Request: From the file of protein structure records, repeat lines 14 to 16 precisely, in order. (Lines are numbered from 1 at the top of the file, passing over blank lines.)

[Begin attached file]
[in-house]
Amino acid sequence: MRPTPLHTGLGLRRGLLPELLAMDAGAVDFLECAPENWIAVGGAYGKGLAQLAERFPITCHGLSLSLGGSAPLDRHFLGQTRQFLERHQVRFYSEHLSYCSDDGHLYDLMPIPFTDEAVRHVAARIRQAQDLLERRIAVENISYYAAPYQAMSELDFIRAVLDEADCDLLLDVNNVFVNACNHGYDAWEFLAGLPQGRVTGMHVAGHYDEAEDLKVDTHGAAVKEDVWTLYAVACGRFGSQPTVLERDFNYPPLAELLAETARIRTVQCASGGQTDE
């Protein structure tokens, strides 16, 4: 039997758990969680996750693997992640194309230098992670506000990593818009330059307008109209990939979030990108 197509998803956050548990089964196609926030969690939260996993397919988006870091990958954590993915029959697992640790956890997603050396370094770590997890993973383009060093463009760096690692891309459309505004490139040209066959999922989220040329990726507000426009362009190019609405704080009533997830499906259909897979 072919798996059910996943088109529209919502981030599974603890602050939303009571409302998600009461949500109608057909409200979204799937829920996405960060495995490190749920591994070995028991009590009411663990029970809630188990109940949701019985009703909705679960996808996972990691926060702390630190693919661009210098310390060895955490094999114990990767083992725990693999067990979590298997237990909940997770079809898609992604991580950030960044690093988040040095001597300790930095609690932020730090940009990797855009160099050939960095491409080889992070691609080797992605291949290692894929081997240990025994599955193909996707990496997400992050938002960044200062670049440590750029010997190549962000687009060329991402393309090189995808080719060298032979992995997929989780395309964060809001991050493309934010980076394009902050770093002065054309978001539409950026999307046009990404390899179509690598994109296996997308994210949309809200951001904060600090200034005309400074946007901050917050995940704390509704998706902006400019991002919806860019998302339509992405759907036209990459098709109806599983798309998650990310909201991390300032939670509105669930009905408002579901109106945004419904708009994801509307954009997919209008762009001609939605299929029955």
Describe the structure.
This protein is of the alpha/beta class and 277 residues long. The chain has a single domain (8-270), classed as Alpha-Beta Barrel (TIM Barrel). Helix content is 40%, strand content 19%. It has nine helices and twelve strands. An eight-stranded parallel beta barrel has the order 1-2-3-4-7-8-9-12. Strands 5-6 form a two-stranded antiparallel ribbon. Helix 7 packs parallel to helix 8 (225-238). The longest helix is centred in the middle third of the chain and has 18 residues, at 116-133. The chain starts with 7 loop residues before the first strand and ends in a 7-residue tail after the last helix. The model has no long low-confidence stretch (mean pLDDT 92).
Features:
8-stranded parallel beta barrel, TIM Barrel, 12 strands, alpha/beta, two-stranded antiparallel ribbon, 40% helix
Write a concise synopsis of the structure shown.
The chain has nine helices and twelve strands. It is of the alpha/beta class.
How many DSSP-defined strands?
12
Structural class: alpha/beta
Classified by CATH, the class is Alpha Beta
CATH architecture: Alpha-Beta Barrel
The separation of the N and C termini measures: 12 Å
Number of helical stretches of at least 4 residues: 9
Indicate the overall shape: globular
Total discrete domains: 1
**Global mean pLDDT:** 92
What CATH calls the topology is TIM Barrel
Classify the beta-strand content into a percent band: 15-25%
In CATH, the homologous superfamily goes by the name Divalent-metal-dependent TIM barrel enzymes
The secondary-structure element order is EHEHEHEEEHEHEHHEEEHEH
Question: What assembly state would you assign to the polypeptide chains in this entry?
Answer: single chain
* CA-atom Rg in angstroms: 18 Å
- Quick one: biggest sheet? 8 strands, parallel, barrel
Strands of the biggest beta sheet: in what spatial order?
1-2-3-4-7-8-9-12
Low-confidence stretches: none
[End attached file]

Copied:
CATH architecture: Alpha-Beta Barrel
The separation of the N and C termini measures: 12 Å
Number of helical stretches of at least 4 residues: 9